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Hall Sheriff's Office, Gainesville police receive little military gear from federal program
Gainesville Police Car.jpg

Though they were past participants in a federal program to obtain excess protective gear, rifles and even an inflatable boat, law enforcement in Gainesville and Hall County have not received gear in recent years. 

More than 8,000 law enforcement agencies have received gear through the Law Enforcement Support Office Program, known by the shorthand of the 1033 Program. In the wake of recent protests, many departments are under scrutiny for the use of military equipment. 

“Requisitions cover the gamut of items used by America’s military -- clothing and office supplies, tools and rescue equipment, vehicles, rifles, and other small arms. Of all the excess equipment provided through the program, only 5% are small arms and less than 1% are tactical vehicles,” according to the Defense Logistics Agency. 

According to 1033 Program inventory lists, Gainesville Police received M14 rifles in 2006 and M16 rifles in 2011. The Hall County Sheriff’s Office received M14 and M16 rifles between 2006 and 2008. 

The most recently available inventory list updated March 31 did not show any further shipments to Gainesville Police or the Hall County Sheriff’s Office. 

“The intent of the Sheriff’s Office was not to militarize our deputies, but to obtain useful surplus federal equipment at little to no cost for the agency and therefore the taxpayer,” according to the Sheriff’s Office. 

Some of the items are for protection, such as helmets and gas masks.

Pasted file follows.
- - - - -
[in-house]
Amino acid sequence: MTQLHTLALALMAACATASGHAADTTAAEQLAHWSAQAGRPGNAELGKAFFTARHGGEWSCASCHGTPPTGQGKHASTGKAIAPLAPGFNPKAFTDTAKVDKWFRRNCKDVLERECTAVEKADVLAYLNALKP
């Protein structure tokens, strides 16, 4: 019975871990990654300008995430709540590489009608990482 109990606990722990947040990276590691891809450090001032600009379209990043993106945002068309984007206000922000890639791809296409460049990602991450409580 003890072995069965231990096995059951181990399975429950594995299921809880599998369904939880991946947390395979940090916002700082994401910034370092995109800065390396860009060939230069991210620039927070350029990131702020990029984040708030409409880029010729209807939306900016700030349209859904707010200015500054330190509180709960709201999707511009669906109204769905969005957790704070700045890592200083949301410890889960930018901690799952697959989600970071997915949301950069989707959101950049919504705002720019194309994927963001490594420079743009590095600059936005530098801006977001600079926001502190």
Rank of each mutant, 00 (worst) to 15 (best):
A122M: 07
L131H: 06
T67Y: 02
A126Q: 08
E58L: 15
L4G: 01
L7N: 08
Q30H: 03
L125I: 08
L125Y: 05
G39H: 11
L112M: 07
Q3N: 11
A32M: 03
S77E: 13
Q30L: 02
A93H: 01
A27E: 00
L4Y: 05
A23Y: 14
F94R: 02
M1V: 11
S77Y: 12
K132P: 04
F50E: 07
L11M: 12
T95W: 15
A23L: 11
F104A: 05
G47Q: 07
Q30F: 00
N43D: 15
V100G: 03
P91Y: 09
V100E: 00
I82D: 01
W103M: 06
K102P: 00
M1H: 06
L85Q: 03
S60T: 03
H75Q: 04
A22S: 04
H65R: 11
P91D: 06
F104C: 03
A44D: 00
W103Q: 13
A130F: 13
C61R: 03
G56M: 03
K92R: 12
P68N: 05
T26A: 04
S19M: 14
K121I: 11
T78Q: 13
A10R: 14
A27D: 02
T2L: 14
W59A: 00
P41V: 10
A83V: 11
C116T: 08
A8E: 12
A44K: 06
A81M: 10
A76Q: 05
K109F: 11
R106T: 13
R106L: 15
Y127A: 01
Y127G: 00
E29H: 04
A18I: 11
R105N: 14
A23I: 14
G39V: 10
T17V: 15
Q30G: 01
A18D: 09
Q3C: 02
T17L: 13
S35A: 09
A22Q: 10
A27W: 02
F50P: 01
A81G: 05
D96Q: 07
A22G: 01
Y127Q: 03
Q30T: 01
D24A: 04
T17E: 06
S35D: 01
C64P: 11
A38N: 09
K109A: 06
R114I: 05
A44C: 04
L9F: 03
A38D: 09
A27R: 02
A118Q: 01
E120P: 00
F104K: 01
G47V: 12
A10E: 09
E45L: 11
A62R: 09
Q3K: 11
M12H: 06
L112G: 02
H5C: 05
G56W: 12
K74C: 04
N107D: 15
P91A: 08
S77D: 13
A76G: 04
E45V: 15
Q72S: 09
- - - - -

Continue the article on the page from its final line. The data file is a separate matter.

“In addition to the equipment listed above, the Sheriff’s Office has received an inflatable boat, a spare boat engine, M1 Garand rifles and M16 rifles from the program. As it stands today, only a few of the items obtained through the program remain in service,” according to the Sheriff’s Office. 

The M1 Garand rifles are used only by the Sheriff’s Office honor guard for funerals and parades. 

Helmets have been used by criminal investigations division deputies in potentially dangerous situations. 

“The remainder of the items have either been disposed of according to program guidelines or remain in secure storage for return to the government,” according to the Sheriff’ Office. 

The National Defense Authorization Act allows the transfer of excess Department of Defense property to law enforcement agencies, gear “that might otherwise be destroyed,” according to the Defense Logistics Agency. 

“No equipment is purchased for distribution.  All items were excess which had been turned in by military units or had been held as part of reserve stocks until no longer needed,” according to the agency. 

Roughly $293 million in property was transferred in fiscal year 2019.